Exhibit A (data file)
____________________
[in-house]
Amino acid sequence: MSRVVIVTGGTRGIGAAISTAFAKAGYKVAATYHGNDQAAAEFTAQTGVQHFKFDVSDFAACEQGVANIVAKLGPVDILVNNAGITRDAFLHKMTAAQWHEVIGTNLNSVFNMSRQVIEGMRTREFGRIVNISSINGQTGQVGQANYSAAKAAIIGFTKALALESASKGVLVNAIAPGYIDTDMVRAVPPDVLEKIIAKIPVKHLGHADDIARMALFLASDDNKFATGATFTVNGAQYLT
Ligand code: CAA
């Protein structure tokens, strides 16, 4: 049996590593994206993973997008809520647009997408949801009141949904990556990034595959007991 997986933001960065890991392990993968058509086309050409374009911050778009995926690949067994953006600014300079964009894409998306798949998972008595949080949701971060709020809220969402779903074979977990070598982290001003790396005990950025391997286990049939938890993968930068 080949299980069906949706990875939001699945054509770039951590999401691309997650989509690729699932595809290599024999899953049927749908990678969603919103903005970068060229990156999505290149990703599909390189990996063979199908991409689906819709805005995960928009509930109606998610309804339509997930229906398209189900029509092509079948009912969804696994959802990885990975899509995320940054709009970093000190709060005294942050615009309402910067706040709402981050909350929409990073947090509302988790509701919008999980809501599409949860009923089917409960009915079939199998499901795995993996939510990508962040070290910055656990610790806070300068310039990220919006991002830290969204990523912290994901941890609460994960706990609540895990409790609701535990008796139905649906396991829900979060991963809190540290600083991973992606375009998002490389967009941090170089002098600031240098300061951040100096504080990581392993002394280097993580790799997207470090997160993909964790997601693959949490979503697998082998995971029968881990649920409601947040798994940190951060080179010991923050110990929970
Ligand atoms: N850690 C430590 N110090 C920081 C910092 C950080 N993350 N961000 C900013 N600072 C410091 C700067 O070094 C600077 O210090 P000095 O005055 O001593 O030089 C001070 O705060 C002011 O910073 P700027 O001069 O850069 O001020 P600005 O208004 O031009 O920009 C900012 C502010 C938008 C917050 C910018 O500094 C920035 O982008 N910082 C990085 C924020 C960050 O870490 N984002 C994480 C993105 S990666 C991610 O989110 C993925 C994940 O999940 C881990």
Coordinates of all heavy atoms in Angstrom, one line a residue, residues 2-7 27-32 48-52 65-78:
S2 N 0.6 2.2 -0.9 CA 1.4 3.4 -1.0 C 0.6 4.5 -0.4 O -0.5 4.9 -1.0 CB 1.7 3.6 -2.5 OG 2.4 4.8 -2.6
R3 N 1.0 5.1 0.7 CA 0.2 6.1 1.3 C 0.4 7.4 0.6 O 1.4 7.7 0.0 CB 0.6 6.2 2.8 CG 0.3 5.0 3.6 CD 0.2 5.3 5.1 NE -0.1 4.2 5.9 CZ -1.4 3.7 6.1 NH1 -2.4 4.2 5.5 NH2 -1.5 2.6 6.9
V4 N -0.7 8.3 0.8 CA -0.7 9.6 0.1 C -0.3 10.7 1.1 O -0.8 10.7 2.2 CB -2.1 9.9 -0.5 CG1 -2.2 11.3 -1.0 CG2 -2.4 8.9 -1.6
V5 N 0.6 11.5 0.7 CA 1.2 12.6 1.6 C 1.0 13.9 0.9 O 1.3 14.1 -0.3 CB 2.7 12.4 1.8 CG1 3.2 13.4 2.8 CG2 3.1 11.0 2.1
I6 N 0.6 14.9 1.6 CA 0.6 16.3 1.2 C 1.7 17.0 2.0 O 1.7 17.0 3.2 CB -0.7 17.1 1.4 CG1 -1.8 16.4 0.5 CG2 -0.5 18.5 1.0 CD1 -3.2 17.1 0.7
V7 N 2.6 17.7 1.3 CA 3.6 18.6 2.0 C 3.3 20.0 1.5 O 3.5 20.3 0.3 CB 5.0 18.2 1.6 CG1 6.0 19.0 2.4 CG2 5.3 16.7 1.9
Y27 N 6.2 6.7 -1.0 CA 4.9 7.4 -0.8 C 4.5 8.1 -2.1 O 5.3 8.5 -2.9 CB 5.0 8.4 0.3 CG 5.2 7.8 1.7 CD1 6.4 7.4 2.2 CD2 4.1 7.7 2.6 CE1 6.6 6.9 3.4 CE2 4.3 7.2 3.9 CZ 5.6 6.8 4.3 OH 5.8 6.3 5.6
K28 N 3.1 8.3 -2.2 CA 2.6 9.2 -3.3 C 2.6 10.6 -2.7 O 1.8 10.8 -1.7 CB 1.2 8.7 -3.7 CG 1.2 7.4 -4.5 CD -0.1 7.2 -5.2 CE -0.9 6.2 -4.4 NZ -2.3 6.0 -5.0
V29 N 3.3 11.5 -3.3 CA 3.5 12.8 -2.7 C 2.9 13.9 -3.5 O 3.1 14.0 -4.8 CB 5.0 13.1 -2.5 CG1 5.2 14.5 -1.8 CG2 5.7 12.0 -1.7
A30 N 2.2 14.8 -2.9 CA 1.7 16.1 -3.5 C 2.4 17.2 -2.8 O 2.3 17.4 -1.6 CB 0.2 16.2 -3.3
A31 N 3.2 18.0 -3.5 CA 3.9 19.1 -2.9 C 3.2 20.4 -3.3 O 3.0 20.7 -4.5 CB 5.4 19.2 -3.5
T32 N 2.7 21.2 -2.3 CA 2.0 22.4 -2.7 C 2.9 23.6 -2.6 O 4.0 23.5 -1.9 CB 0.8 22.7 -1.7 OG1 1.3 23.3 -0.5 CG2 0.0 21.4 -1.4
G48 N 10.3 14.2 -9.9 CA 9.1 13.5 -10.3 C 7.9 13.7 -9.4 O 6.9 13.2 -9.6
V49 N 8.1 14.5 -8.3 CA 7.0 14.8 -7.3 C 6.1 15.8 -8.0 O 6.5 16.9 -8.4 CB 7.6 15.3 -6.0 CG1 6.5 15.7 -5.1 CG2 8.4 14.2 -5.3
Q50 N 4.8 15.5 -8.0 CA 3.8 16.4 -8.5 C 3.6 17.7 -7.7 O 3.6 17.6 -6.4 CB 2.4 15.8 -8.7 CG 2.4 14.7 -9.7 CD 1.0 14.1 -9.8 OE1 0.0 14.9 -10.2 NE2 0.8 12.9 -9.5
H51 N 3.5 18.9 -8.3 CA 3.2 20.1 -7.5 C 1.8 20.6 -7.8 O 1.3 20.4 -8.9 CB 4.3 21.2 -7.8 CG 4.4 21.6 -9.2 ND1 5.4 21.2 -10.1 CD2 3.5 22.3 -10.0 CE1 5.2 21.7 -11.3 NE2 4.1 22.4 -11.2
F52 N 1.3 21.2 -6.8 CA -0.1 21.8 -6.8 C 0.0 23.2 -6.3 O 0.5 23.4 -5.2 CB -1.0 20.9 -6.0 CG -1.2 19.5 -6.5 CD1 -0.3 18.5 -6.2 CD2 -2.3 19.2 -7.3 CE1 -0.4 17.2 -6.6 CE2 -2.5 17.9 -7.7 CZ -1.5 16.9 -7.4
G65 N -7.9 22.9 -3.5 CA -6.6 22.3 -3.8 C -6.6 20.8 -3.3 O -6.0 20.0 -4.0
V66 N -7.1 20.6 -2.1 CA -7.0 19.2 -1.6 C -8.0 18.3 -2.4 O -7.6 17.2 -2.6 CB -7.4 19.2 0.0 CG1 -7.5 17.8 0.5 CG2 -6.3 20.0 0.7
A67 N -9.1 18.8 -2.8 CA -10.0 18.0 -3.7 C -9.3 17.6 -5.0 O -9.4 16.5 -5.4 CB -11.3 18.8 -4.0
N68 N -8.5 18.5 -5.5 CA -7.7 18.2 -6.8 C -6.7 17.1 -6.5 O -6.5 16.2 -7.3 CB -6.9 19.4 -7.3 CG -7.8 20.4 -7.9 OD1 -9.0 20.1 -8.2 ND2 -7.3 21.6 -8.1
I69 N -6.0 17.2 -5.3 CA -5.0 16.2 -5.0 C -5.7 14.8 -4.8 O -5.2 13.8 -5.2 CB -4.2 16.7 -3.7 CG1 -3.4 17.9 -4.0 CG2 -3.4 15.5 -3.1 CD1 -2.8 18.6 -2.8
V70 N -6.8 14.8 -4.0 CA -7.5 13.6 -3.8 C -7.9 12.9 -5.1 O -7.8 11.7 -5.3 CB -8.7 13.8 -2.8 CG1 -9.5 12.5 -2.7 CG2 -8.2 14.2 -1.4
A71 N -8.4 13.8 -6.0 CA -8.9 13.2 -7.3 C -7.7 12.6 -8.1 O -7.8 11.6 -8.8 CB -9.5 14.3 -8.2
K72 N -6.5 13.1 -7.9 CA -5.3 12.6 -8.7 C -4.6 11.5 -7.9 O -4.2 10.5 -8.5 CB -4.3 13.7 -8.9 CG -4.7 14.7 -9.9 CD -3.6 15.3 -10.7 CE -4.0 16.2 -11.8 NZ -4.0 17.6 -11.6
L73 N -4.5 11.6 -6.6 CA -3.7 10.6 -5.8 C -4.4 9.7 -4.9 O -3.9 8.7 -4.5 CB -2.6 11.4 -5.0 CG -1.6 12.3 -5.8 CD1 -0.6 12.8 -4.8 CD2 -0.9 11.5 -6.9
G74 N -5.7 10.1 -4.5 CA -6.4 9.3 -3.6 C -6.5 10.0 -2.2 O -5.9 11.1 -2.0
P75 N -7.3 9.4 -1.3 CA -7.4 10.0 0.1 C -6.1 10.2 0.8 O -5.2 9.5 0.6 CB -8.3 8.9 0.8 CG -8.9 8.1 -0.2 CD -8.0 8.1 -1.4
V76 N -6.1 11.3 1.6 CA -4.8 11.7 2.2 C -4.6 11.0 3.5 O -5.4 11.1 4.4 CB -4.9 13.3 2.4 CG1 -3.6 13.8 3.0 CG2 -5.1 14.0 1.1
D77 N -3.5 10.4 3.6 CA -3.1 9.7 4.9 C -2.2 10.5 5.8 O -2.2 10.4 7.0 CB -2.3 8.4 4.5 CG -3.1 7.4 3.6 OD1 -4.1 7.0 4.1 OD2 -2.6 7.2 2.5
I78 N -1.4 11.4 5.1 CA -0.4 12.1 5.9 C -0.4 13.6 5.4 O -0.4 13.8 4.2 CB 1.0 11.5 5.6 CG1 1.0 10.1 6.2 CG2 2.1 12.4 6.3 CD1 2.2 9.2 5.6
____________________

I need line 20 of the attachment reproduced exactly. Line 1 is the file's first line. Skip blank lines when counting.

V49 N 8.1 14.5 -8.3 CA 7.0 14.8 -7.3 C 6.1 15.8 -8.0 O 6.5 16.9 -8.4 CB 7.6 15.3 -6.0 CG1 6.5 15.7 -5.1 CG2 8.4 14.2 -5.3